The complicating factor is that the roster's already at 40 and there are no obvious choices to go to the 60-day DL (especially since Edinson Volquez is already there). Adding one of Nix or Cairo will take some squeezing as far as the 40-man, and keeping both might prove impossible before we even get to whether or not they'll also have to make room for Justin Lehr or Kip Wells if either end up winning a job in camp. And, as I noted last month, Balentien's out of options, so he either makes the team, gets dealt, or visits the wire, and somewhat makes his fight with Nix for a roster spot something of a zero-sum game.


COLORADO ROCKIES
Team Audit | Player Cards | Depth Chart

Signed LHP Joe Beimel to a minor-league contract; optioned RHPs Samuel Deduno and Jhoulys Chacin to Colorado Springs (Triple-A). [3/23]

Beimel's decision to renew his engagement with the Rockies is probably for the best. Why play High Plains drifter when the benefit of avoiding a season in Flushing seems self-evident? After all, time spent awash in the Mets' morass could well be a dose of self-dipping into the devil's bathtub, without the ambience or the view. So, the latest high-profile free-agent leftover signs up with a club he can help, not least because whatever happens with Franklin Morales' roles over the season—closer, set-up man, fifth starter?—the only immediate alternative for a lefty in the pen is the well-traveled Randy Flores. Flores may be a situational southpaw with considerable experience, but he's also one with considerably less success. Failing their reacquiring Beimel, there's some danger that they might have to turn to Matt Reynolds, a viable option, but one with barely two months of experience at Double-A; there's also the expectation that Greg Smith might eventually work best in a relief role, but he's coming back from surgery and seems set to stick as a starter with the Sky Sox in the interim. Hence the need for Beimel. However the early-season injury picture unfolds, an eventual Roxpen featuring Huston Street, Rafael Betancourt, Morales, and Beimel in the high-leverage innings sounds as good for this year's run as it did last.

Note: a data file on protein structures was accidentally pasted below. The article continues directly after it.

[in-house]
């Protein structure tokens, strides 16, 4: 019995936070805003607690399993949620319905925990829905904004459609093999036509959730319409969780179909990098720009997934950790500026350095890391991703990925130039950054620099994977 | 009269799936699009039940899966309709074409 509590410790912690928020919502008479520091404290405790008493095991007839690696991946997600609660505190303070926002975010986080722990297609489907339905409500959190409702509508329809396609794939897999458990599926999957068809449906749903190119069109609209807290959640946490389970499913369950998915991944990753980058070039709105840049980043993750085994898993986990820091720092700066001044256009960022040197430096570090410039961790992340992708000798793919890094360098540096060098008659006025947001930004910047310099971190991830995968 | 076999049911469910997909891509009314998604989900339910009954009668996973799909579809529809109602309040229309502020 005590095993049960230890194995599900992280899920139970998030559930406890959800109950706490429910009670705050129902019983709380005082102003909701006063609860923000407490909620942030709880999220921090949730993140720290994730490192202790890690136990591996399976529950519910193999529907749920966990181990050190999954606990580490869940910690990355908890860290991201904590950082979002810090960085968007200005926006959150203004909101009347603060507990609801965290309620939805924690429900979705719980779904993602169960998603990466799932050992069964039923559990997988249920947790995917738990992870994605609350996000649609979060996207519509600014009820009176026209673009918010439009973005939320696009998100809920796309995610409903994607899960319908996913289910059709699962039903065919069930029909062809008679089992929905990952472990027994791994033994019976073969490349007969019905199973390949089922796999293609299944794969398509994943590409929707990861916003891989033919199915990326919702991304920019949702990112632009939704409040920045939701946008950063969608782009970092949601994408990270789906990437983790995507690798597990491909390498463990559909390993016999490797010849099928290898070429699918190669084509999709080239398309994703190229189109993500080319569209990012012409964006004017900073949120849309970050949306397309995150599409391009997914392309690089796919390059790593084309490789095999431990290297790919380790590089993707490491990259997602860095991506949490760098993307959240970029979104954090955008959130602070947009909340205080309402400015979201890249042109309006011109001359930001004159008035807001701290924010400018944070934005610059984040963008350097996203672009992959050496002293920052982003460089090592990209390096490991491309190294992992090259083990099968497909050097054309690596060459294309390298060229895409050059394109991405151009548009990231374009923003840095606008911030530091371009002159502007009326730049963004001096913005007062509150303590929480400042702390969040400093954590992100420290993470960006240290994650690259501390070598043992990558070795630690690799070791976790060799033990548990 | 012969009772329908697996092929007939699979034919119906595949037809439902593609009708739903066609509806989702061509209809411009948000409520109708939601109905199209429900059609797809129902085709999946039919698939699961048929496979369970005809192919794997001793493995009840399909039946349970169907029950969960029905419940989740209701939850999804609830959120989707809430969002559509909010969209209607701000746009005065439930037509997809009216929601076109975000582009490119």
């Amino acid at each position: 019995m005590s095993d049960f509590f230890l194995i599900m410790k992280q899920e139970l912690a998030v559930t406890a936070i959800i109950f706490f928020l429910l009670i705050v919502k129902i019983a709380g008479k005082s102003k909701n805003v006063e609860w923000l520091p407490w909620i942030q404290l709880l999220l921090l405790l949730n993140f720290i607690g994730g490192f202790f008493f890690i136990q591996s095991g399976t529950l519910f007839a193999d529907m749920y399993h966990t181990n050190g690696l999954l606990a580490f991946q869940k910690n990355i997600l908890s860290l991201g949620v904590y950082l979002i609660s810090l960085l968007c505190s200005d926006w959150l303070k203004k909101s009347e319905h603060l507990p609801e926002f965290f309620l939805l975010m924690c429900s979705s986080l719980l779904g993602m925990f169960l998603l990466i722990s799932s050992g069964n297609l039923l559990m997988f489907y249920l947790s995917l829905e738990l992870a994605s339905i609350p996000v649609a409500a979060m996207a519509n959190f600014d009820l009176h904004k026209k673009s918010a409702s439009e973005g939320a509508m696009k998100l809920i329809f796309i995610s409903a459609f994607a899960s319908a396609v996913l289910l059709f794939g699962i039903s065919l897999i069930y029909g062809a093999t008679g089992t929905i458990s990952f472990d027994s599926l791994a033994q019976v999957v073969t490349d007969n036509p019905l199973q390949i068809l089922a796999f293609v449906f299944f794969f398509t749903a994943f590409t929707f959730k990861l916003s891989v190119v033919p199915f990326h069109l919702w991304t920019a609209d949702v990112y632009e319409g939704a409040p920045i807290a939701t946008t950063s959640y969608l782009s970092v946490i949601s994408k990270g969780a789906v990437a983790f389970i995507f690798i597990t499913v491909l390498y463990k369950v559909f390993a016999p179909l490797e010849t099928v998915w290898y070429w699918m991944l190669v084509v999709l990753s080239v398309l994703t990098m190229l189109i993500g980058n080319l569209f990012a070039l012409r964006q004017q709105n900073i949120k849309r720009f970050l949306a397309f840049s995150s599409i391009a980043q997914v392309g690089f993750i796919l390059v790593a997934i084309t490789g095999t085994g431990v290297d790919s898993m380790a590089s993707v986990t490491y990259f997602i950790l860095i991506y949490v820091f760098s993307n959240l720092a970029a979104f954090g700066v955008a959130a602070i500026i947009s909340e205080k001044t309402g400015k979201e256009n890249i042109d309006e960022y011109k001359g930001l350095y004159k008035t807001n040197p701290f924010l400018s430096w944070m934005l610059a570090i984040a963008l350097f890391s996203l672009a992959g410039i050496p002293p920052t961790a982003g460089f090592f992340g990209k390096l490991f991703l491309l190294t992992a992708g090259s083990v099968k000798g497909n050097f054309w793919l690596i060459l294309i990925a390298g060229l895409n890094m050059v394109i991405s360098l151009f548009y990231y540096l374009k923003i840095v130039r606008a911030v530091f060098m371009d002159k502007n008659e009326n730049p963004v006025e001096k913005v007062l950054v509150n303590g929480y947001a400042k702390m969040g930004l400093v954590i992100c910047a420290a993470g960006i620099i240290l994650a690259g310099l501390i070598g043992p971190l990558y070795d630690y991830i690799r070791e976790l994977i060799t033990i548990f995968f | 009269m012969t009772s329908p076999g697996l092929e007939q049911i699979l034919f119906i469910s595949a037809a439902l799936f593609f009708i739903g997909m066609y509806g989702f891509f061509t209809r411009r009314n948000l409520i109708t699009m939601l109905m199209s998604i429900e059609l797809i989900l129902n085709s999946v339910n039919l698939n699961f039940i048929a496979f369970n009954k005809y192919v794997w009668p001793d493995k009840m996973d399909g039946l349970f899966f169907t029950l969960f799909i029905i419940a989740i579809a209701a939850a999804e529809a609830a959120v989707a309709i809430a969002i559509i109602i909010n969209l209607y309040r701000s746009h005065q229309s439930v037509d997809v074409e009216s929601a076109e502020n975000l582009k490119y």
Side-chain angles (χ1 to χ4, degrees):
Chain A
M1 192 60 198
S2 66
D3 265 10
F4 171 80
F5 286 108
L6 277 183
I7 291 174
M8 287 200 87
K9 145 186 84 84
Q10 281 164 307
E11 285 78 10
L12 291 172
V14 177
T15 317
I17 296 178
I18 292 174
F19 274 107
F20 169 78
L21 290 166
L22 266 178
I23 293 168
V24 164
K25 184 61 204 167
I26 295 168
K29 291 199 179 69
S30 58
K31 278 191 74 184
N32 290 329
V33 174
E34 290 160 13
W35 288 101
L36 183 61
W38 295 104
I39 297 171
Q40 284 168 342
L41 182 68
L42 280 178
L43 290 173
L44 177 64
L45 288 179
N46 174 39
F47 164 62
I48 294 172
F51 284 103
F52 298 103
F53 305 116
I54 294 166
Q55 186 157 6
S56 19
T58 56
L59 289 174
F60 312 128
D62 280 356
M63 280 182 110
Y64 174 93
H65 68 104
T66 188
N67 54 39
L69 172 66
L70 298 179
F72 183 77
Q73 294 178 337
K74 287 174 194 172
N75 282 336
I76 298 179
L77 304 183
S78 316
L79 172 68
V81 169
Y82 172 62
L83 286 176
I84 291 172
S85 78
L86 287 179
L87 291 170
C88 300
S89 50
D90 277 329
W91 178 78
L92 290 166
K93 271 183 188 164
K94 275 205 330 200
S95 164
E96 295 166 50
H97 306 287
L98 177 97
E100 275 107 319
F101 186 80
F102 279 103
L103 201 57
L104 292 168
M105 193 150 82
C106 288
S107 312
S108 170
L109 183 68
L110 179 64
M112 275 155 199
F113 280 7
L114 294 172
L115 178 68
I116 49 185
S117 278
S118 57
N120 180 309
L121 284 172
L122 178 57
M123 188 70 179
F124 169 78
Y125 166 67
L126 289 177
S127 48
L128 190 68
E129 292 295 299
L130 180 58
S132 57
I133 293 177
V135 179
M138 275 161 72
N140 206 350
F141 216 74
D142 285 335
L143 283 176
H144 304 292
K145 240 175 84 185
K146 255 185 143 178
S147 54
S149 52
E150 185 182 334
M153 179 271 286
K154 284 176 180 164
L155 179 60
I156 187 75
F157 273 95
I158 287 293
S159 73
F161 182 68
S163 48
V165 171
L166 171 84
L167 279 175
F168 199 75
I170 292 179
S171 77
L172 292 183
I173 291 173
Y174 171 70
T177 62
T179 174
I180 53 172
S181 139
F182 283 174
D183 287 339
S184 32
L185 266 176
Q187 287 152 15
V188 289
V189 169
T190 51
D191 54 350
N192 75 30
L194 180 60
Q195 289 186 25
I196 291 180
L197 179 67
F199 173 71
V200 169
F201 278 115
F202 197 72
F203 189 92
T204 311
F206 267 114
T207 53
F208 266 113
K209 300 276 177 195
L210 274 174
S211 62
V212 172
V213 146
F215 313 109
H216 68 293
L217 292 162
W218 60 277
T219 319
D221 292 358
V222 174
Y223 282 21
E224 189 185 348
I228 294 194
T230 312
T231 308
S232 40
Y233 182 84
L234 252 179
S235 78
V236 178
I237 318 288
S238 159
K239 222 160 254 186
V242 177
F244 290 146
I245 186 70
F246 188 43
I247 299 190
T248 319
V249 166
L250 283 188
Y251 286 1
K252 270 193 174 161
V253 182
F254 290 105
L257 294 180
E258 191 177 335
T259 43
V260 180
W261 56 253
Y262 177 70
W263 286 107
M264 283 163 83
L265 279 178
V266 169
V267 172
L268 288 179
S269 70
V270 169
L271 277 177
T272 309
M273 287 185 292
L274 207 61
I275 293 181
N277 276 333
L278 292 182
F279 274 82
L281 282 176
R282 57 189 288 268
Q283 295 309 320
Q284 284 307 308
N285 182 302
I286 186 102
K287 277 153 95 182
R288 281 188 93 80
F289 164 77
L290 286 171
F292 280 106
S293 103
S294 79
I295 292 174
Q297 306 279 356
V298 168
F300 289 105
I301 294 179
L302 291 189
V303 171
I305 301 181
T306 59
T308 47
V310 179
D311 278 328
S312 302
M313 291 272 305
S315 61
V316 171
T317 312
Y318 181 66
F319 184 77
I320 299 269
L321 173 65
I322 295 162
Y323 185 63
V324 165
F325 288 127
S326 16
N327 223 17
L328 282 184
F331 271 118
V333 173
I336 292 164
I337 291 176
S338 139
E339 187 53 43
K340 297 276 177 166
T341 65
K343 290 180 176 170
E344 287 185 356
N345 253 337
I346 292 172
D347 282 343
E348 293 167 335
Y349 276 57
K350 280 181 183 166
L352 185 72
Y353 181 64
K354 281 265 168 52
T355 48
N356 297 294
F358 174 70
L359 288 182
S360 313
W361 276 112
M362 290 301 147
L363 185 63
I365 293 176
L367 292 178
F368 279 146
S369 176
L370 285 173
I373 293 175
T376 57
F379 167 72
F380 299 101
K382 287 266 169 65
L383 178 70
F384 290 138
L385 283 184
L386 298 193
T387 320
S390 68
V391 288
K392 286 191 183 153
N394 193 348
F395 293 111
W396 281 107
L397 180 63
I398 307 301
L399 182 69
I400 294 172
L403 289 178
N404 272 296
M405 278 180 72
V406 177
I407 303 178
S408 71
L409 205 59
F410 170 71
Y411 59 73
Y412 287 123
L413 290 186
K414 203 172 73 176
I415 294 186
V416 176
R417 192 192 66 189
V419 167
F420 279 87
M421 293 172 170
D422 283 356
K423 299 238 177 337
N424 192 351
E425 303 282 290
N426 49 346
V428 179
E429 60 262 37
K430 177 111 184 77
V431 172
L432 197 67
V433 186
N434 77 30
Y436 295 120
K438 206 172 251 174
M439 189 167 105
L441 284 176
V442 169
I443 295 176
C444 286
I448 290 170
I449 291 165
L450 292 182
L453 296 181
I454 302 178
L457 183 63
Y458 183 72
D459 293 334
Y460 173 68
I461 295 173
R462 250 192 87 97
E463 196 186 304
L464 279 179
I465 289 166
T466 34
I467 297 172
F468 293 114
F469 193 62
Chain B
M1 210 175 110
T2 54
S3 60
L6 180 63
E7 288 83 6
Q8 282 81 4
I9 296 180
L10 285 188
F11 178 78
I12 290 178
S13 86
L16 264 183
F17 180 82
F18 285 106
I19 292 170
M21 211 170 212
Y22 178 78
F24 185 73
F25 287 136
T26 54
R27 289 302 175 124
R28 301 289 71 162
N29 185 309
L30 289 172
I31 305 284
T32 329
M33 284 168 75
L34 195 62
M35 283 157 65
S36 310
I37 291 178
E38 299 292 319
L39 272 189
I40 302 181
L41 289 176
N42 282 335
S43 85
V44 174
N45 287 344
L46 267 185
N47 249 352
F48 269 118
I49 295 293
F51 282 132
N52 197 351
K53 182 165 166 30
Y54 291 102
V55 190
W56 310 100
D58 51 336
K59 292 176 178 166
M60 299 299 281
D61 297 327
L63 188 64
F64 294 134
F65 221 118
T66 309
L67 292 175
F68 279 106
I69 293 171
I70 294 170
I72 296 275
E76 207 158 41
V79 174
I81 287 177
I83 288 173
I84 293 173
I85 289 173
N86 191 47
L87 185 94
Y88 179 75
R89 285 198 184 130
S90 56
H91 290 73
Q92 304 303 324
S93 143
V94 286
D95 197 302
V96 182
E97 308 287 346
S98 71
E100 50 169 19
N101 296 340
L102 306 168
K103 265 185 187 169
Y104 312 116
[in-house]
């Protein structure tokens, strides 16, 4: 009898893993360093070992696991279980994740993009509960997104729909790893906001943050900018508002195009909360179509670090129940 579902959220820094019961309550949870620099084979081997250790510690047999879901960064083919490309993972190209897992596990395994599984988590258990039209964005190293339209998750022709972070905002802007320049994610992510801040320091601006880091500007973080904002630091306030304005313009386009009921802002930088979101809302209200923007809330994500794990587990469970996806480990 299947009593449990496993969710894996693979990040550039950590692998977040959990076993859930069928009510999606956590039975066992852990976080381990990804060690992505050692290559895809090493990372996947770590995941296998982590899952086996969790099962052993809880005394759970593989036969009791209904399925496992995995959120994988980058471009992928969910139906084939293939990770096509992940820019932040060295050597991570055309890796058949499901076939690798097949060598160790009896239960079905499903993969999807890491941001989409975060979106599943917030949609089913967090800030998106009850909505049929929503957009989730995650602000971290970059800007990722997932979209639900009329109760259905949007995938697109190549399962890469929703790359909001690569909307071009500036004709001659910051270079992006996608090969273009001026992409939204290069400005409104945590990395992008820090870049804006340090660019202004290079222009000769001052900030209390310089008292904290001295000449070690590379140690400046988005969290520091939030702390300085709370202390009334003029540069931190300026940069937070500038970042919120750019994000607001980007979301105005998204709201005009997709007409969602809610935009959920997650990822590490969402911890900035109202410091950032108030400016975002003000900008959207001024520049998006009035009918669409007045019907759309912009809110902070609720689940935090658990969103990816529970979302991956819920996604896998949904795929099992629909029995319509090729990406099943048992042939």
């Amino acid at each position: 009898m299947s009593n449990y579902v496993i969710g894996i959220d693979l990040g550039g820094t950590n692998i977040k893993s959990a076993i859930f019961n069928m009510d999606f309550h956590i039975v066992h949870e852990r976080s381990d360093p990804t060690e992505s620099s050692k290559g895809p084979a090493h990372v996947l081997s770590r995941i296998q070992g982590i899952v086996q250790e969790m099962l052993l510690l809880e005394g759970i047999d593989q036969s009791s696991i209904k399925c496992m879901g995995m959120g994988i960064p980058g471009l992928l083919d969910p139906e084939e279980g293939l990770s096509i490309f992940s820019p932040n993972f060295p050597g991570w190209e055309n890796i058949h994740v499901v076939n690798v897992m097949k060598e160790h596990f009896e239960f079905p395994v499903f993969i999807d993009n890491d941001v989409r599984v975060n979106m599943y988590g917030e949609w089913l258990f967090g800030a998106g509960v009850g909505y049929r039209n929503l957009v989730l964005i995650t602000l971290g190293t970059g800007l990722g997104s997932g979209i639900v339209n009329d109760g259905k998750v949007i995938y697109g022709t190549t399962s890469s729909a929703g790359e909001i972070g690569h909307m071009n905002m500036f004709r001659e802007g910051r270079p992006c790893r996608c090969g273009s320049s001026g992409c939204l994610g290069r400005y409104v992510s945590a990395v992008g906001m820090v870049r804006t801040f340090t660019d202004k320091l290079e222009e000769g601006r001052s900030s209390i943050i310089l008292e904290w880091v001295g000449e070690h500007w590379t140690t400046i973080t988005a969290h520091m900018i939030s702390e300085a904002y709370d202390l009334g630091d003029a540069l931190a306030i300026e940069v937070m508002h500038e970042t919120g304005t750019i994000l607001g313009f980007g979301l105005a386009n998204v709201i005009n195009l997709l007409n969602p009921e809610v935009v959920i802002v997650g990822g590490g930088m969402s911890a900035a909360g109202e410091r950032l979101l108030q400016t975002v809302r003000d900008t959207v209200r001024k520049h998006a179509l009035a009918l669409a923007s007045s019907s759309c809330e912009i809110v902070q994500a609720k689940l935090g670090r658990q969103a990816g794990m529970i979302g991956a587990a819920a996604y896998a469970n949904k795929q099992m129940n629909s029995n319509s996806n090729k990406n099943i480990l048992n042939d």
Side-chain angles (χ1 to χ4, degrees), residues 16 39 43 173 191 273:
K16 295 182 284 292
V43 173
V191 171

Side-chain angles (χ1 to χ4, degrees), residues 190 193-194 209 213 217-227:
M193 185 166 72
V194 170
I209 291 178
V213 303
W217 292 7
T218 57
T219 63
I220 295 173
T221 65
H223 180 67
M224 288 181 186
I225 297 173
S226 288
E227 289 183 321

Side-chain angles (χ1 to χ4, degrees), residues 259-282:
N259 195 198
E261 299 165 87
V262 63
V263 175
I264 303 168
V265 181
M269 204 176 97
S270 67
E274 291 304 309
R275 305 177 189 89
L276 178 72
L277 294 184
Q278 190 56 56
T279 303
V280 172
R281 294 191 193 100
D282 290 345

MIAMI MARLINS
Team Audit | Player Cards | Depth Chart

Released RHP Mike MacDougal; optioned LHP Hunter Jones to New Orleans (Triple-A). [3/23]
Reassigned OF-R Mike Stanton to their minor-league camp. [3/24]